Construction companies that either don’t provide healthcare to their employees, or do and their employees don’t participate on the employer sponsored plan, can pay nearly double in workers’ compensation costs.
The reason, employees who don’t have access to healthcare, in desperation, frequently turn to the employer’s workers compensation plan as a means of paying for healthcare. Unfortunately, we see this trend often referred to as “Monday morning claims syndrome.”
To further exacerbate this problem, many in the provider community, help fuel shifting a potential healthcare need being paid for by the workers’ comp plan, by guiding employees to agree that their medical need might have been work related. You see if it happened at work, then the employee’s off the hook, no-copays, no-deductible and the provider attaches to the employers workers comp plan.
When the workers comp plan is used not only on the medical costs but also time out of work the result is the employers Experiential Rate (EMOD) rate increases and the employers insurance premiums on the workers compensation plan increase exponentially.
I’ve seen in many instances, workers comp premiums with companies not offering their employees meaningful excess to medical care, go from $100 per employee per month to $300 per employee per month when an employers’ sponsored healthcare plans participation erodes due to rising cost and sky-high deductibles. When employees have nowhere to turn, the workers compensation plan becomes their defacto healthcare solution.
For many construction companies, the rising cost of providing traditional health insurance plans is the real issue. Not only are the monthly plan costs rising at an unsustainable rate, but the cost for an employee to use the plan is completely out of reach. Let’s take an example of an employer sponsored plan where the employer is contributing 50% of a $500 per month rate (for a single employee)—the monthly cost to an employee is $250/month. While that may seem within reach for some, the reality is that the average American worker earns about $15 per hour.
That means to pay the monthly premium, an employee would spend over 10% of their income (before taxes) on purchasing the plan. Now here’s where it gets even worse, that plan carries a $5,000 deductible, so before the employee receives any meaningful benefit he or she must come up with a significant out-of-pocket before there is any benefits. In this strategy, the employer sponsored plan is both expensive to buy and expensive to use, an increasingly number of employees just opt out—the math just doesn’t work.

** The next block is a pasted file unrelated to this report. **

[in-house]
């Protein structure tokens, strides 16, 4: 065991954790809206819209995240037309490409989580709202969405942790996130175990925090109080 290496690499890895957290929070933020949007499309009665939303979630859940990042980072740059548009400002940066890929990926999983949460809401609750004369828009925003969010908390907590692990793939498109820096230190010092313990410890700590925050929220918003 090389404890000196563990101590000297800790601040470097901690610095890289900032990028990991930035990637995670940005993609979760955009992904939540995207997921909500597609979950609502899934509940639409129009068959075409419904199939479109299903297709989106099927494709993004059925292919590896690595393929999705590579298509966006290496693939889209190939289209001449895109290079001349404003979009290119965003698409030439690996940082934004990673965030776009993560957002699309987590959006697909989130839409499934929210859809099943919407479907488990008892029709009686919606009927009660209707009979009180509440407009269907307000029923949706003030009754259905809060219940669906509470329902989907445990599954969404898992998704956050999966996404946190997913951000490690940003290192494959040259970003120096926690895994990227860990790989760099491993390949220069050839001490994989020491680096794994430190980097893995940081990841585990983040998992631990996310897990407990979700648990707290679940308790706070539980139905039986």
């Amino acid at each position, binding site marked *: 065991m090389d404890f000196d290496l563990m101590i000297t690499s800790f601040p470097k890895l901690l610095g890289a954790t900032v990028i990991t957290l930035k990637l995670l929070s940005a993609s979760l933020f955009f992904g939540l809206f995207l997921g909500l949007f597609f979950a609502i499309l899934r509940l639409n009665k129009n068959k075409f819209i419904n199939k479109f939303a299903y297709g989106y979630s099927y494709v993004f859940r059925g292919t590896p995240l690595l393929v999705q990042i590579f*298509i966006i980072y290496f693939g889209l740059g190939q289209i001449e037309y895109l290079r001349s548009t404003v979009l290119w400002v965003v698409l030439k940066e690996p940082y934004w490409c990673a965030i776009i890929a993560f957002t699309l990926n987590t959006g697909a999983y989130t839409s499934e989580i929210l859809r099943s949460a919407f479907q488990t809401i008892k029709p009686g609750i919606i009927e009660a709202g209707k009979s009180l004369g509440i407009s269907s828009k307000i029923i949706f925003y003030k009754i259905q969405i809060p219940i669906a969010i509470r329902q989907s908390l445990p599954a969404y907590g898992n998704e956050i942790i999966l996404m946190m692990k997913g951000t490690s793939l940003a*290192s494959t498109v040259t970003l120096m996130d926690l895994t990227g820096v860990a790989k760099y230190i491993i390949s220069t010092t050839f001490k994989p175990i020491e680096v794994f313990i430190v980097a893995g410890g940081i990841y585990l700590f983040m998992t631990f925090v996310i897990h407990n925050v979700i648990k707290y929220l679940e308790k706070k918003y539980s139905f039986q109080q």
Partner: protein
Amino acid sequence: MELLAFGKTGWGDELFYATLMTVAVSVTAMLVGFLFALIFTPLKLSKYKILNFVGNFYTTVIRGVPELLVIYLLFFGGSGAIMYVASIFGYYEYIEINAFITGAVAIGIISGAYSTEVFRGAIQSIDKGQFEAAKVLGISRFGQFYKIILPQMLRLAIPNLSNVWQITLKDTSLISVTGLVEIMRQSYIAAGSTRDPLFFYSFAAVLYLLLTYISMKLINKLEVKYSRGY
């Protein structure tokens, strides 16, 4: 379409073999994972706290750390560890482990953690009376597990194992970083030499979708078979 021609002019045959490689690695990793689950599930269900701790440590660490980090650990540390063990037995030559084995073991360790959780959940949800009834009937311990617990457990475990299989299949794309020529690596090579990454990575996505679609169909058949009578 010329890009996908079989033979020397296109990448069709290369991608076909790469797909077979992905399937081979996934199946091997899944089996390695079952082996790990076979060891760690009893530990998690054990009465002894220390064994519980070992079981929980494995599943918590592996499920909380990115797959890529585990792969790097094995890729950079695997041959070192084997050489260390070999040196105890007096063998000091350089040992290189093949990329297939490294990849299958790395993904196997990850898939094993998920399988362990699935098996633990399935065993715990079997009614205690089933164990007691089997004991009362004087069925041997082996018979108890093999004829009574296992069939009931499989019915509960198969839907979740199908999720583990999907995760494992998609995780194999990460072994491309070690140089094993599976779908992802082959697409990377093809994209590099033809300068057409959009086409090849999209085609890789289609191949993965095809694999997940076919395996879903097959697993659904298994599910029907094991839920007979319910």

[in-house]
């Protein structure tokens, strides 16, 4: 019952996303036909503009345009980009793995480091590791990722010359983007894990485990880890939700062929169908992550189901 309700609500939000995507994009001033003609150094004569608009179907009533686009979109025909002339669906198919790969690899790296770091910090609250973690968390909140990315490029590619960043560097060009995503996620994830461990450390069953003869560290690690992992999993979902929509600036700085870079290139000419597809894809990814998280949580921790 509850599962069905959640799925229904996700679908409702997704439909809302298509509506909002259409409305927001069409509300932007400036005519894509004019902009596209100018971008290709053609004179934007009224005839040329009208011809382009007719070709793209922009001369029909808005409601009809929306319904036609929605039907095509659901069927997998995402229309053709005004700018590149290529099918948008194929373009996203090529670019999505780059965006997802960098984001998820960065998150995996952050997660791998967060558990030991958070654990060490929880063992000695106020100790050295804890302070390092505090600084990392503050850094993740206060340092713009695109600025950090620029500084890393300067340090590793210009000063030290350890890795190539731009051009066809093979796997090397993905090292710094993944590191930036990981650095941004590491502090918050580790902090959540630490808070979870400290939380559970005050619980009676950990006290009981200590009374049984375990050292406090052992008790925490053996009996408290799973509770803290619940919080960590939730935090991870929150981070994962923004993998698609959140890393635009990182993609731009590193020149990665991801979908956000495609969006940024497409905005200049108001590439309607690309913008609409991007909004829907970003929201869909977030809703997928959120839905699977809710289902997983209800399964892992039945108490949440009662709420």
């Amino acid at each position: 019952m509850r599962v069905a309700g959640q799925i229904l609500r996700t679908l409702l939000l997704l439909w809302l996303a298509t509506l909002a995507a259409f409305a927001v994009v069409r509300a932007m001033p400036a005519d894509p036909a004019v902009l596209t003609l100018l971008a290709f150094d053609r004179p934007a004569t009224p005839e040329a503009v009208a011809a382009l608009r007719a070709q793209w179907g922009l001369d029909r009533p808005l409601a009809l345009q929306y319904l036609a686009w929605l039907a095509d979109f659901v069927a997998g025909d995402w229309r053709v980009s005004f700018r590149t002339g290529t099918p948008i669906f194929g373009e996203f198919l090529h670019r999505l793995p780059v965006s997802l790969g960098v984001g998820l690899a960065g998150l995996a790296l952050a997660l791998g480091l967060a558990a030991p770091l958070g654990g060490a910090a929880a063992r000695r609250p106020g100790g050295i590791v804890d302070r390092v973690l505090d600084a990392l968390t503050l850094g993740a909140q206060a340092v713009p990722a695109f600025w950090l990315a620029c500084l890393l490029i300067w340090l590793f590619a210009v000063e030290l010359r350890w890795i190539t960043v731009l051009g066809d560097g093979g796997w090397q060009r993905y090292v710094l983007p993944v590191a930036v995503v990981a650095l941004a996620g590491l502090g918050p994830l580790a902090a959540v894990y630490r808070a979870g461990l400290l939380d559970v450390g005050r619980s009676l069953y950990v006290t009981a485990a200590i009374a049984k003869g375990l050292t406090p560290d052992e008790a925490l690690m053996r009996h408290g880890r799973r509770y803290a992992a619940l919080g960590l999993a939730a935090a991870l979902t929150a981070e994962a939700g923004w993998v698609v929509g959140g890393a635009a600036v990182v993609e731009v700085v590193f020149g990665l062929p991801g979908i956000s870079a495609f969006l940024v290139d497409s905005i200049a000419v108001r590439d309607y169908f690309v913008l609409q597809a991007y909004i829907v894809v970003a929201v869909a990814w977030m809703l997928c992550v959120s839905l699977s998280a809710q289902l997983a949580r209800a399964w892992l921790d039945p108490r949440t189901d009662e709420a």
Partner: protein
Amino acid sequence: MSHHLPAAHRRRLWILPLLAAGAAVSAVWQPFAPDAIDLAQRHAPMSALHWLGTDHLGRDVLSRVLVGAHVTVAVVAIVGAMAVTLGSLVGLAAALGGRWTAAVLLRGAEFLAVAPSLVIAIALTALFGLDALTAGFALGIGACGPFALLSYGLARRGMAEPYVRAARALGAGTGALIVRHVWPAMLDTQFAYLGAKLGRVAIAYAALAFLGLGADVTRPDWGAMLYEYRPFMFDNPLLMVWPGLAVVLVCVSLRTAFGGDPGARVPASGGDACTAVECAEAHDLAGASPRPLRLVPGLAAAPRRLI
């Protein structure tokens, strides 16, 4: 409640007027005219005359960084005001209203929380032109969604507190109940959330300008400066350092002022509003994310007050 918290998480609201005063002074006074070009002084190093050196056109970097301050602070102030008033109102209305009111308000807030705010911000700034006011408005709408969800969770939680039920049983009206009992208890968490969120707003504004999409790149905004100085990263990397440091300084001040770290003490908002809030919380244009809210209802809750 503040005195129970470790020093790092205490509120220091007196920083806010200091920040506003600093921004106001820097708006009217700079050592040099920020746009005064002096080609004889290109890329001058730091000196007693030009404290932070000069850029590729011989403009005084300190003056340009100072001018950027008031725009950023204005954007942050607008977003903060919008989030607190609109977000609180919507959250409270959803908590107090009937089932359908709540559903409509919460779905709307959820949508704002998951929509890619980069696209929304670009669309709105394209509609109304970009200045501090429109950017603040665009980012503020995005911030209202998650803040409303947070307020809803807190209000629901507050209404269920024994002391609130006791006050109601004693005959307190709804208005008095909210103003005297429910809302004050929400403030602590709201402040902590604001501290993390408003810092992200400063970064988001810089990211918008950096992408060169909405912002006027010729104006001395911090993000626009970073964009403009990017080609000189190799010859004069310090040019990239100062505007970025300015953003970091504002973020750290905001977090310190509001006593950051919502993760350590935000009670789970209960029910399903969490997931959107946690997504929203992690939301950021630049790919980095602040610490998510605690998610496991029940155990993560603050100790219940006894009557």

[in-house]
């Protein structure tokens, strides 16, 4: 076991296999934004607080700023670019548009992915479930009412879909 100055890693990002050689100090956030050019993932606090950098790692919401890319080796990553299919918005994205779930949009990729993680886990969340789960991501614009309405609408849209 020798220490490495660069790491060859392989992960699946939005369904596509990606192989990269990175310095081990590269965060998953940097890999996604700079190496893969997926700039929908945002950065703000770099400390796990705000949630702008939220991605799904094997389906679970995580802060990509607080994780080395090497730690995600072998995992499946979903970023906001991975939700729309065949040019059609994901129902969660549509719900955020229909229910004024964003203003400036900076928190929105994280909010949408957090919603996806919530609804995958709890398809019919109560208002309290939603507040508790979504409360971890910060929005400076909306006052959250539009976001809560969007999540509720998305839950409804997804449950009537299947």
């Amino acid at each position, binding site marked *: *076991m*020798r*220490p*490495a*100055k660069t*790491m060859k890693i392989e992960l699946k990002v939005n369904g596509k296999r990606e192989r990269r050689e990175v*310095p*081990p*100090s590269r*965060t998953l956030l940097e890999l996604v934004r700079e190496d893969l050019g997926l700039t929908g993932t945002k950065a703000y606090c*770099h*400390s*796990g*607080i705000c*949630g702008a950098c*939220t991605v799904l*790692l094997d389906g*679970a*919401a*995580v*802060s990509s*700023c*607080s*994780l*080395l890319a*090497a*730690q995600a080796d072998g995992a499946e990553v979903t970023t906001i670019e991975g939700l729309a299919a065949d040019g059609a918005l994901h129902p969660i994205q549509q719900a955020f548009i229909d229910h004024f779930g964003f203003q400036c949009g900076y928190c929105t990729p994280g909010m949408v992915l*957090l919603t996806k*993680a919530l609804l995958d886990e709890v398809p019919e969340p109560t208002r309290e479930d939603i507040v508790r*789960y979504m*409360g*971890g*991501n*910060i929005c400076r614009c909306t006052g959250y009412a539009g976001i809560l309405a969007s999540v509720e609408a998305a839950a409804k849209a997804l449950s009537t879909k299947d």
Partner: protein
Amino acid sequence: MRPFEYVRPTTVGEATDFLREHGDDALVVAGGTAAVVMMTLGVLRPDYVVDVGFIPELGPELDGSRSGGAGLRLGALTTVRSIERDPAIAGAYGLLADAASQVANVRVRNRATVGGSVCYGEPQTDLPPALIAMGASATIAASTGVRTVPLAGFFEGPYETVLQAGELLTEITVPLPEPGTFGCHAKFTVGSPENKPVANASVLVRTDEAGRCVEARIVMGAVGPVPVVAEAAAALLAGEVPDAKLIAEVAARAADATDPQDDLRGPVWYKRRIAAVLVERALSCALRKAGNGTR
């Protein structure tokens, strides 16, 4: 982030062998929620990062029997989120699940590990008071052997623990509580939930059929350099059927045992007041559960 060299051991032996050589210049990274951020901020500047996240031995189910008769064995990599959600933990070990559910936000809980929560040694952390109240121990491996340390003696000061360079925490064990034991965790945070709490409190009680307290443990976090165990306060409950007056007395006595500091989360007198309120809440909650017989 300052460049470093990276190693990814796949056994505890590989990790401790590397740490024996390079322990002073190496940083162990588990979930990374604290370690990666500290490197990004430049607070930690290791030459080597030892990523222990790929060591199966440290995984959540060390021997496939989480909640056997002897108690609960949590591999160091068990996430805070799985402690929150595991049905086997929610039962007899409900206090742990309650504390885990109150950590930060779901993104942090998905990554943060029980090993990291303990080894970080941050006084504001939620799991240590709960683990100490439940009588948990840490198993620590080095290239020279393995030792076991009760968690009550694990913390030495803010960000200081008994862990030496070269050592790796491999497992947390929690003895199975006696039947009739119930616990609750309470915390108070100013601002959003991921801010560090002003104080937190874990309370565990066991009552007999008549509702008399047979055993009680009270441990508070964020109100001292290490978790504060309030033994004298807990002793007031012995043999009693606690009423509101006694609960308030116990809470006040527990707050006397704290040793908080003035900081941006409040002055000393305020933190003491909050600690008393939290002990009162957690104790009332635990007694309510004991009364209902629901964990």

How to construction companies can deliver healthcare
New patient-focused plans built around primary care are delivering meaningful access to healthcare for employees, at a fraction of the cost of traditional insurance.
Right now, employers of all sizes are leveraging the structure of ERISA and a new breed of innovative self-funded healthcare plans that best fits their employee populations and gaining control of their healthcare plan. While self-funding is not a new idea, it has been come more accessible than ever to small and medium size employers delivering lower-costs and a significant hiring and retention advantage—and of course lowering keeping those E-MOD scores low.
In a recent national survey, 40% of Americans hadn’t seen a doctor in the last 12 months due to the cost, and another 32% skipped a necessary prescription due to the price.
As you craft your plan make sure your including these critical components to ensure success.
- Deliver initial access to care 24/7 to employees digitally. This can be via phone, though an app, text or even video. Easy and low-cost, the goal is to remove the barriers of time, money and transportation to care. Make sure the provider can communicate in your employees’ native language as this can also be a barrier to those who need care.
- Work with a solution that addresses your 10%. These are the folks who need a proactive approach to chronic and acute disease like diabetes, high-blood pressure, asthma and the like. By anticipating need of these people that need a little extra help, you can avoid high-cost care in the hospital.
- Engage in a healthcare plan based on $0 cost for primary care, breaks through the barriers of accessing healthcare for an employee around time, money and transportation. Plans that deliver Adding low-cost high value services like $0 copay for chiropractic care is another meaningful benefit that keeps employees out of sights of potential opioid abuse and invasive surgery.
By shifting to a self-funded strategy, employers report a savings typically around 20% to 30% and are delivering access to basic healthcare benefits to their employees with little or no out-of-pocket costs. But for employers who provide nothing, or employer whose low wage employees cannot afford the product they provide, self-funded plans can offer minimum services to those lower wage workers that provide them access to the medical care they will use, reduce workers’ compensation costs, increase productivity and help drive recruiting and retention.